Discussion in 'Literature' started by Point Given, Jun 6, 2013.
Bring on the Gettysburg quiz!
Yes, 7, and "I'm Blue."
You forgot why.
A valiant effort,
@GrandAdmiralJello, but no cigar, I'm afraid (though I did think you, of all people, might have slightly more chance of having an answer for at least one of those).
And, as Trak rightly points out, you forgot the "why."
Edit: Now, does anyone out there have any actual questions for me?
What is your favorite Baroque opera and why?
What was your favorite cartoon (or cartoons) growing up? Any cartoons you watch currently?
What were your favorite video games growing up? Any you play currently?
Glad you asked. That would be L'Orfeo (1607) by Claudio Monteverdi (1567–1643), which is one of the first-ever operas. And for several reasons: it's full of poignant, lyrical passages (that are nevertheless not what would call "hummable" in the modern sense, but that's all right because they're not modern); it features a very wide range of instrumental colors for the time, with specific groups of instruments used for different characters or settings (e.g., trombones in the underworld scenes because they're low-pitched); and there's a lot of room for both the singers and the instrumentalists to improvise and ornament their parts (as indeed in almost all late Renaissance and early baroque music). Also, the opera is based on the myth of Orpheus and Euridice, which is not only a very good story and one of my favorite mythological stories.
Here's a clip of the scene where Orpheus is trying to gain access to Hades, which itself features several very cool instrumental solos alternating with the singing (don't mind this particular staging, which has a weird sort of ancient-Roman-B-movie-cum-Tim Burton-cum-steampunk thing going for it):
Growing up it was She-Ra, hands down. I had almost all the dolls (all right, action figures—same difference), and they were among my favorite playthings in my early elementary school years. I'm afraid I don't really watch any now, mainly because of lack of time, and we don't own a TV.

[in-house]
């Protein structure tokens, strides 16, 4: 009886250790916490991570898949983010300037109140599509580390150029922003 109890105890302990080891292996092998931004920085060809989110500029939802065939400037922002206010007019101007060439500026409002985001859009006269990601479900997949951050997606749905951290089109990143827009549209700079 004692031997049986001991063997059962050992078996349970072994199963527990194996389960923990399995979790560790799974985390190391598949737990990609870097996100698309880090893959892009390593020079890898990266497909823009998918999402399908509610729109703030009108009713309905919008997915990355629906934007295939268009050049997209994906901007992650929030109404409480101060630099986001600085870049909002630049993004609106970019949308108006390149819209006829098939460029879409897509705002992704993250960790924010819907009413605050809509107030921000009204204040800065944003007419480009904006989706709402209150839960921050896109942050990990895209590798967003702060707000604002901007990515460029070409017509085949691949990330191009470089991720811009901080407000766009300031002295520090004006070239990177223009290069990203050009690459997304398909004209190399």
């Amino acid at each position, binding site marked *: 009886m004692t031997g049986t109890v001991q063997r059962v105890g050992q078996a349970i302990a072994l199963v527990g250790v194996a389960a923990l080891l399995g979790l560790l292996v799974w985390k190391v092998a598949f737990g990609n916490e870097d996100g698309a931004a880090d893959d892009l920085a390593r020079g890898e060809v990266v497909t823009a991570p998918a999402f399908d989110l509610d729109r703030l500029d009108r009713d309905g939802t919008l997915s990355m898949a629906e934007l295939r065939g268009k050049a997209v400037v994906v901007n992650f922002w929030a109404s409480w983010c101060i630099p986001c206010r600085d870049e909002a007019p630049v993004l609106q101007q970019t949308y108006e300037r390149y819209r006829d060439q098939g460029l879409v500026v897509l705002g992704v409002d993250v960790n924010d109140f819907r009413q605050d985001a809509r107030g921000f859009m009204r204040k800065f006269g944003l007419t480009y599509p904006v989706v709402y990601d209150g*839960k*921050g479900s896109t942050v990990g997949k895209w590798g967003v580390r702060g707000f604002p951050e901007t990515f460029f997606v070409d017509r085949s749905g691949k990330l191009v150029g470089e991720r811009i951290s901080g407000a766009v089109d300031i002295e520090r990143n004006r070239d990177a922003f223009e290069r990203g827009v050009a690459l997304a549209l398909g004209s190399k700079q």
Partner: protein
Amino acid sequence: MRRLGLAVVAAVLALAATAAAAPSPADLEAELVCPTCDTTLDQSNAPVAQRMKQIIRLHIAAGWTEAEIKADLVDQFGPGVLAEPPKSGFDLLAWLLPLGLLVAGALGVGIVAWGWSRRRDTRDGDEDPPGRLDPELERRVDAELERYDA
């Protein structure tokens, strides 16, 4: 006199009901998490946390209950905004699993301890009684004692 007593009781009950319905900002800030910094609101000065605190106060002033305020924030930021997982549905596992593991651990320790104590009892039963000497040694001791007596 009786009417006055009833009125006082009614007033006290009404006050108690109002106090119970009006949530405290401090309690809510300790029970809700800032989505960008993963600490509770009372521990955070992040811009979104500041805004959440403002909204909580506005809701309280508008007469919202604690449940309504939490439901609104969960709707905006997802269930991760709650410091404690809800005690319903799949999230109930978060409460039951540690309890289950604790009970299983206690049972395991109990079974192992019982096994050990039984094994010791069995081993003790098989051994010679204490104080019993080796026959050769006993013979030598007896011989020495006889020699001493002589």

I never owned any video game systems as a kid, but I always played them with great gusto whenever I could at friends' houses, and my favorites were pretty basic: Super Mario Brothers 1 through 3 and the first Legend of Zelda. Again, I don't play many video games now; we had a Game Boy Advance and a DS a few years back, and I played the Zelda games they released for those, but we sold the Advance and we may have sold the DS. When I do play any games these days, it's on the computer rather than on a console; see here on recent PC games I've played and enjoyed.
It's always funny to me how opera handles classical themes, but always uses contemporary names and the like. I bet the costuming at the time was also contemporary.
Don't think I've seen any Baroque opera myself. At least, as far as I know. I'm cultured enough to have seen quite a few operas, but apparently not enough to know a damn thing about the technique or artistic history behind them.
You mean as in calling the character by the Italian form of his name, "Orfeo"? That's not really any different from the Anglicized spellings and pronunciations we use for classical personages, mythological and otherwise (Mercury, Ovid, Virgil, etc.). You're right that a lot of times the staging was contemporary at the time, but heck, that's often the case with modern opera staging. Right around the time of the First Gulf War I remember going to a performance of one of the more obscure Mozart operas where everyone was wearing modern Middle Eastern attire and brandishing AK-47s, and my 12-or-so-year-old brain found it pretty cool.
Incidentally, I know a very distinguished baroque opera scholar at Princeton who's got a book forthcoming on mythological themes (Ovidian ones, to be precise) in seventeenth-century opera. (Her CV is here; search for "Animating Ovid").
What operas have you seen, out of curiosity? Basically Handel and earlier count as baroque for opera.